For anyone who wants to listen to the song, here is the youtube link and the entire English translation is in the description portion of the video.

India Series-II Happy memories

I know I mentioned in the previous post that I will avoid maudlin posts, but being assaulted by images and memories is inevitable when one goes home. The memories are bittersweet part of being home, the one place where everyone has seen you at your worst and have more or less accepted you!

Yesterday I travelled back in time while helping my dad with some chores. My dad wanted me to go through my old textbooks and figure out which ones he could give away to the local library. Going through those textbooks on Pharmacology, Anatomy and Physiology, brought back the countless hours spent pouring over those books, those hours which couldn’t go slow enough so that I could cram everything possible in my brain. Seeing my notes in pencil in the textbook margins brought back those days when the only important thing in life was to score good grades and the most important decision was to decide how much time should be spent on a particular study topic.

Then I took a journey into a past much further than my undergrad school days- into the childhood days of my older sisters and those of mine. As my dad and I went on clearing out more cabinets, we came across 2 drawers full of old photo albums. Since digital cameras are still fairly recent, most of our older photographs are on glossy photo papers in jumbo albums. I found albums of old trips taken across India, pictures of my older sisters when they were still babies (almost unrecognizable!), our photos with grandparents.  The hilarious part of those pictures was our get up- the fashion of bygone eras. And then I found my parents’ wedding album….found those pictures with my parents all dressed up and looking so young! As you grow older you tend to forget that your parents were once young and had a life that did not revolve around you…seeing these older pictures reminds you of those times, when you were NOT in the picture! Needless to say I spent a great afternoon looking at those pictures and reminiscing old times with dad.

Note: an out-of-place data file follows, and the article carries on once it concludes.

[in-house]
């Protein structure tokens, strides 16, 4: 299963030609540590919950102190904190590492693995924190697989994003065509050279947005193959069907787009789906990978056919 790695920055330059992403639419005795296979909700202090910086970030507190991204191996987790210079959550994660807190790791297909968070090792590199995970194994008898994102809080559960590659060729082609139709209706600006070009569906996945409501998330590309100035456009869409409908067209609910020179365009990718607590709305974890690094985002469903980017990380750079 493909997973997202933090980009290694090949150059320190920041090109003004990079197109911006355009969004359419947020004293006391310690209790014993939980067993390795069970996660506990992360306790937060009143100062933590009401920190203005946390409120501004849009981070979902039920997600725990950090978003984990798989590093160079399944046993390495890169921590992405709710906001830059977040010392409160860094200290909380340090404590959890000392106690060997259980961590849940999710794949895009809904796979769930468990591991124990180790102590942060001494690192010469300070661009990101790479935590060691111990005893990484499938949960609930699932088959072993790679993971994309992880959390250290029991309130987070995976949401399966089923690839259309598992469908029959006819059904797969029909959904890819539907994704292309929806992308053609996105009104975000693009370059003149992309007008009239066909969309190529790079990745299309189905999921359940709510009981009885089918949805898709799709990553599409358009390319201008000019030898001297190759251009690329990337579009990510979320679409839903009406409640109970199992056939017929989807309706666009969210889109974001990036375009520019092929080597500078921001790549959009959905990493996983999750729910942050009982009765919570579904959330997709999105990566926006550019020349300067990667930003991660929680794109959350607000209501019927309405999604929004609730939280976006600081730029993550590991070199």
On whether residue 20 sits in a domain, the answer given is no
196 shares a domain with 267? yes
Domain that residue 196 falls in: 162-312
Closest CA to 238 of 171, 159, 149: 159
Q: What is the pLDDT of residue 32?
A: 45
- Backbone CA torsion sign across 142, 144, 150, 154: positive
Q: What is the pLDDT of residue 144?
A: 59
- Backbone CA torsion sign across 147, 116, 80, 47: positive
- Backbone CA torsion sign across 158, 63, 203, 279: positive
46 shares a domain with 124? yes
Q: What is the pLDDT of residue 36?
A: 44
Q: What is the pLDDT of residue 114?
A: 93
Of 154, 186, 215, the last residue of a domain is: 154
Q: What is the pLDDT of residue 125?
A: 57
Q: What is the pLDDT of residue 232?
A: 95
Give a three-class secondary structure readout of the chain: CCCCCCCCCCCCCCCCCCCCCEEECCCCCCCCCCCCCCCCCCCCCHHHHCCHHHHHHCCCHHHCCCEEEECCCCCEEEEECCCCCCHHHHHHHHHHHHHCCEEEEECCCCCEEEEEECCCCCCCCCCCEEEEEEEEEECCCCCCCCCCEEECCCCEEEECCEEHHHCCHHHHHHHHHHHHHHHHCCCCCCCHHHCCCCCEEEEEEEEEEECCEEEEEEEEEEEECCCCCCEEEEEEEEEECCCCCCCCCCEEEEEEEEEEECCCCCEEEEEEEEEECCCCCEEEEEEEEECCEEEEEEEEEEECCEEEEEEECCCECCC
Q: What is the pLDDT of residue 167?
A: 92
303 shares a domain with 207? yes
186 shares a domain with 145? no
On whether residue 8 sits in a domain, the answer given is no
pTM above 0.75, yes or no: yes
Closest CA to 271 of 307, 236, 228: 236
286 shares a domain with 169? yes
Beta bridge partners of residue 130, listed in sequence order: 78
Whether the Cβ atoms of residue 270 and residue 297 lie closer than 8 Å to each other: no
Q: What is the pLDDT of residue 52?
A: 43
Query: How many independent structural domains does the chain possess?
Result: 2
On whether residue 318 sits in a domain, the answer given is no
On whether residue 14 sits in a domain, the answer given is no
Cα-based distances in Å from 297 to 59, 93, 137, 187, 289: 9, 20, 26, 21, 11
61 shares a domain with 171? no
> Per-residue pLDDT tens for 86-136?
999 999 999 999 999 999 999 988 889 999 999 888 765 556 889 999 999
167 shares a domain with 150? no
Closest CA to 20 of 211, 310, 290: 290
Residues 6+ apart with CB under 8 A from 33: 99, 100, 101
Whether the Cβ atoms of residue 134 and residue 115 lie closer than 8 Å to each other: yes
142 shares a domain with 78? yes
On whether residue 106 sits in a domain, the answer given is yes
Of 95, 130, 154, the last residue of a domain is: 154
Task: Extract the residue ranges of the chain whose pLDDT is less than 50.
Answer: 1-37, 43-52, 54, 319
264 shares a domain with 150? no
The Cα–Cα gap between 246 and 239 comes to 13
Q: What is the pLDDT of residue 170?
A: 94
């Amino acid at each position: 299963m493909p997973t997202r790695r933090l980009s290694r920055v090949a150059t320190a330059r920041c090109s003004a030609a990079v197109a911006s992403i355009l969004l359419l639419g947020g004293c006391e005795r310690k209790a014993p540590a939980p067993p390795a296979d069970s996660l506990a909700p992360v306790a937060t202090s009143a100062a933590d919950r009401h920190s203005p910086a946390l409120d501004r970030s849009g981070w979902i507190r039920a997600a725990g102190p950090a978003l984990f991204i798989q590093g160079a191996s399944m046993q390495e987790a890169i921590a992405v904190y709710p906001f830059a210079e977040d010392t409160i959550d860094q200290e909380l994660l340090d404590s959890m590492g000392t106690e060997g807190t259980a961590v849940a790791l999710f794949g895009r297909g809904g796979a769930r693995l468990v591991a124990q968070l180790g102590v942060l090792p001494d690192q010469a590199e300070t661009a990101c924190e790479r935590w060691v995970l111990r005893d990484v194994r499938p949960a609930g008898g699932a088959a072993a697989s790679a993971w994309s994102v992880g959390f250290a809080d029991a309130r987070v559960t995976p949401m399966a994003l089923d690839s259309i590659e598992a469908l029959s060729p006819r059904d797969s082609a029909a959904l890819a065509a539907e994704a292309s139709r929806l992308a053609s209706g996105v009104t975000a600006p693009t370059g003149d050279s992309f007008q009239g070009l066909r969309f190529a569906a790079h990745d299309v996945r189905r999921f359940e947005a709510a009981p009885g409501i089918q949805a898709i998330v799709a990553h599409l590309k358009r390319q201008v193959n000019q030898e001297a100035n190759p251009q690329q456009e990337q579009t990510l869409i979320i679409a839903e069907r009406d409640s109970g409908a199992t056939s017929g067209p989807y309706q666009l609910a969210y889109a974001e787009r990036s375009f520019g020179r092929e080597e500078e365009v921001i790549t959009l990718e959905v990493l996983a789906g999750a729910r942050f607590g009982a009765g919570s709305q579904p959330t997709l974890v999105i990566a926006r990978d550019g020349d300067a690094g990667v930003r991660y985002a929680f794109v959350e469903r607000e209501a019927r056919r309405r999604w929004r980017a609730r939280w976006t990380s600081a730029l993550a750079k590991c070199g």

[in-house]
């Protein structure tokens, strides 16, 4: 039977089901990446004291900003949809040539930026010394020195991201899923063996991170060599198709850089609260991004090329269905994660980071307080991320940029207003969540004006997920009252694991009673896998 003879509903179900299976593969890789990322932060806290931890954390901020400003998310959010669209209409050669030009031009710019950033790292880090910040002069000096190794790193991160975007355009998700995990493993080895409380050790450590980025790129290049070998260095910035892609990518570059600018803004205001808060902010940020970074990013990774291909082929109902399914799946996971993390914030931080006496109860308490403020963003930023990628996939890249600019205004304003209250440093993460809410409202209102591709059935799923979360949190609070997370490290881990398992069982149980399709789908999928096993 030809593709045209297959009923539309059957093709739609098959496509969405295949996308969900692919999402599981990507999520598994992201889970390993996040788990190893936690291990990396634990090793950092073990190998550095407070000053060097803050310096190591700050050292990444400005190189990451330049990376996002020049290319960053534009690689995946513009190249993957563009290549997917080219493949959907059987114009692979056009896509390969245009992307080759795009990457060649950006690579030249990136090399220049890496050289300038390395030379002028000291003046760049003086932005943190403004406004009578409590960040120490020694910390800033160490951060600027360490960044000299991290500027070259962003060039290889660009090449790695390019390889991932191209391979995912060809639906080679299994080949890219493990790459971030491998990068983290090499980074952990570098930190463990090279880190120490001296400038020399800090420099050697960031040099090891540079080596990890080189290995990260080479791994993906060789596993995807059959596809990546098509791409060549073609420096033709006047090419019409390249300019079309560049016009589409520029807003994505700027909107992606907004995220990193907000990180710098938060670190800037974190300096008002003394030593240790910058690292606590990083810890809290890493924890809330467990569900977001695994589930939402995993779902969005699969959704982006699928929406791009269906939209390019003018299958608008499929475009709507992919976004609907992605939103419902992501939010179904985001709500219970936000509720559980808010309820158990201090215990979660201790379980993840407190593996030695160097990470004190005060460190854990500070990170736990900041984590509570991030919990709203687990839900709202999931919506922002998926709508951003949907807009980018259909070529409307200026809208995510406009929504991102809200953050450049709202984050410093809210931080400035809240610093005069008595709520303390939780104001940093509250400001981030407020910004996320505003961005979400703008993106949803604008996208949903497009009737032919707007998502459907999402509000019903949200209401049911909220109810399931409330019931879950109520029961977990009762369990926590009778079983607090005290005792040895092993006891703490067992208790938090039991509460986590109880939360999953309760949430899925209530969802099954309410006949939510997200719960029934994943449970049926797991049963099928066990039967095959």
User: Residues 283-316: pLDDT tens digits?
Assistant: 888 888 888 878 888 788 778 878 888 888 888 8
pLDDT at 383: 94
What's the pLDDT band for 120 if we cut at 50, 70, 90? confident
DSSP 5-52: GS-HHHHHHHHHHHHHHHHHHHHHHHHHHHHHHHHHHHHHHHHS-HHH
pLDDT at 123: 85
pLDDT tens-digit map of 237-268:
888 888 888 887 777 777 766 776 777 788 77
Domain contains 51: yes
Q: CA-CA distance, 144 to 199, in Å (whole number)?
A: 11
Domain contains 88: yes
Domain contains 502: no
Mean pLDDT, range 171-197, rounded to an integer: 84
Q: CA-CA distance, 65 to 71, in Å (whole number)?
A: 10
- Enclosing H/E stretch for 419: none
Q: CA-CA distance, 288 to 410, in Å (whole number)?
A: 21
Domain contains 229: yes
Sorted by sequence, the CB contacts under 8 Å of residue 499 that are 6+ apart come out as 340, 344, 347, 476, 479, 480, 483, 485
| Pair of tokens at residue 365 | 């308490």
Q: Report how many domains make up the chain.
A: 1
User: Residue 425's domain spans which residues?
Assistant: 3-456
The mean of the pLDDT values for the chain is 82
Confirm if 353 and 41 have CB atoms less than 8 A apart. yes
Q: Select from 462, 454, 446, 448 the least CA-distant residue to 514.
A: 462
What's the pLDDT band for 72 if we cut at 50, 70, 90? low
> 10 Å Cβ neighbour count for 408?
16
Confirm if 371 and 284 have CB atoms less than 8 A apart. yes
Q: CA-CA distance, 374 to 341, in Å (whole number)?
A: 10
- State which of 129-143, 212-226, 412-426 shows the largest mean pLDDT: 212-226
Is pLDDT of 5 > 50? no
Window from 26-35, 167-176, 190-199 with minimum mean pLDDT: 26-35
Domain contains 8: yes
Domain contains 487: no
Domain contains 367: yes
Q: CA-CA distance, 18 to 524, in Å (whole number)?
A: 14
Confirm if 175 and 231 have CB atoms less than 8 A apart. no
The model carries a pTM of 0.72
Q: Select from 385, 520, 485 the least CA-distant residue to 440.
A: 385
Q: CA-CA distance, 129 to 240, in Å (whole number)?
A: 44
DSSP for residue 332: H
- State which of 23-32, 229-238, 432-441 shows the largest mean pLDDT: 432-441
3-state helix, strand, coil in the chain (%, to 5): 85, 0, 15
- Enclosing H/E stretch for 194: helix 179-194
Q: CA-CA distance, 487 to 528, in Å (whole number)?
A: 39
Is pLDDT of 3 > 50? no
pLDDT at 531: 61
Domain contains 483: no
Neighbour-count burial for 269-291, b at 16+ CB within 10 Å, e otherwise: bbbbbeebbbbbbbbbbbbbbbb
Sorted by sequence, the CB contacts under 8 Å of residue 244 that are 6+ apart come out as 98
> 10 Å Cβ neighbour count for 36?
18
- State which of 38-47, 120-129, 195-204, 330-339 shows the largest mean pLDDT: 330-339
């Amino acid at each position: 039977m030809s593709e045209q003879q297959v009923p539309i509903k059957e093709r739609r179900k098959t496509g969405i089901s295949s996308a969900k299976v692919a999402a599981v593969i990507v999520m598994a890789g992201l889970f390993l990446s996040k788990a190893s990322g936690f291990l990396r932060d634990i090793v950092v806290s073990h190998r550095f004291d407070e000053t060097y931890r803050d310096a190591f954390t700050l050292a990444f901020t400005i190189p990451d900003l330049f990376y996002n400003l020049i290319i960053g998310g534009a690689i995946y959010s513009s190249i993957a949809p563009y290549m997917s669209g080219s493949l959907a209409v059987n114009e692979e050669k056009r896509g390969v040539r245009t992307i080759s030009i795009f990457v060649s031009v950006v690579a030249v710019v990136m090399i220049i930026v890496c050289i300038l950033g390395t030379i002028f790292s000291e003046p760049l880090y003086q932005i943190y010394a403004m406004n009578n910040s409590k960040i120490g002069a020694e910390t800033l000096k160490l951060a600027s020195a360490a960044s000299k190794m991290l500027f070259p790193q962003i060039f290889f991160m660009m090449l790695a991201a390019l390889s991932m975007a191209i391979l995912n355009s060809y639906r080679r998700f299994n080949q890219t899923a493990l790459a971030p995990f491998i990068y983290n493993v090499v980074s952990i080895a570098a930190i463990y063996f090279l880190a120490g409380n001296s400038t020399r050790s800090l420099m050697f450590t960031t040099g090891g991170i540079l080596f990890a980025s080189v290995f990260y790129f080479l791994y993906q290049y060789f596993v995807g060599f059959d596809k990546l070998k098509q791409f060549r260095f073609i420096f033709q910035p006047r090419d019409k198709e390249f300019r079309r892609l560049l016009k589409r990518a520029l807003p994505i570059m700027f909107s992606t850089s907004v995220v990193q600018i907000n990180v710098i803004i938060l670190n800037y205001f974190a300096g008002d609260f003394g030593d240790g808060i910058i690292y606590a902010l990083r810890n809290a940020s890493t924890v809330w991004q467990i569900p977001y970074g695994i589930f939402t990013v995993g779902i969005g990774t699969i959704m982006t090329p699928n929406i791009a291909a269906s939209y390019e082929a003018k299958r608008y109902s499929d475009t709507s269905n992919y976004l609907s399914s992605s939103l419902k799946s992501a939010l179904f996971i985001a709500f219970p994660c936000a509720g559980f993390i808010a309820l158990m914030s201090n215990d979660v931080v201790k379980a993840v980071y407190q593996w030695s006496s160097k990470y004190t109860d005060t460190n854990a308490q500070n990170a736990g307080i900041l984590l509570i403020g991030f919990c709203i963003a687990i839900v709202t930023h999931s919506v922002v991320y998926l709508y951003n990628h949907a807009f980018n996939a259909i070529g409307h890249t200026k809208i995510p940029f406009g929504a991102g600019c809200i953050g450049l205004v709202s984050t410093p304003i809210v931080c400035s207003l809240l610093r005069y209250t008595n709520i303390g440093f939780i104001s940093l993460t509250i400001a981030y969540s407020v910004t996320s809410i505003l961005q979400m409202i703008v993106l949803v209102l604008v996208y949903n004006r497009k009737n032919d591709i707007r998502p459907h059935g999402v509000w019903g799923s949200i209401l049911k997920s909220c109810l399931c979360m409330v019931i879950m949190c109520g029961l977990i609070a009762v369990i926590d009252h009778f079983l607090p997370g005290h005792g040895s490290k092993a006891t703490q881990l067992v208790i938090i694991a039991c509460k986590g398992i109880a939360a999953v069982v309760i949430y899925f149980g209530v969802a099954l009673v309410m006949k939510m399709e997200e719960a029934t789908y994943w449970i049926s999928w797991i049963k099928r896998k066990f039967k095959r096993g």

Now that is the kind of nostalgia I wouldn’t mind getting lost in. Those old, stuck to plastic cover photographs are not just coloured paper, they are memories; unaccountably precious and forever reminding you of the passing of time. Whenever I am bogged down with irritation due to visa issues or difficulty of dealing with parents, I remind myself that I am here to build precious memories. Whether I am spending the afternoon idling with my parents or out sightseeing with them, these are the small moments which make life.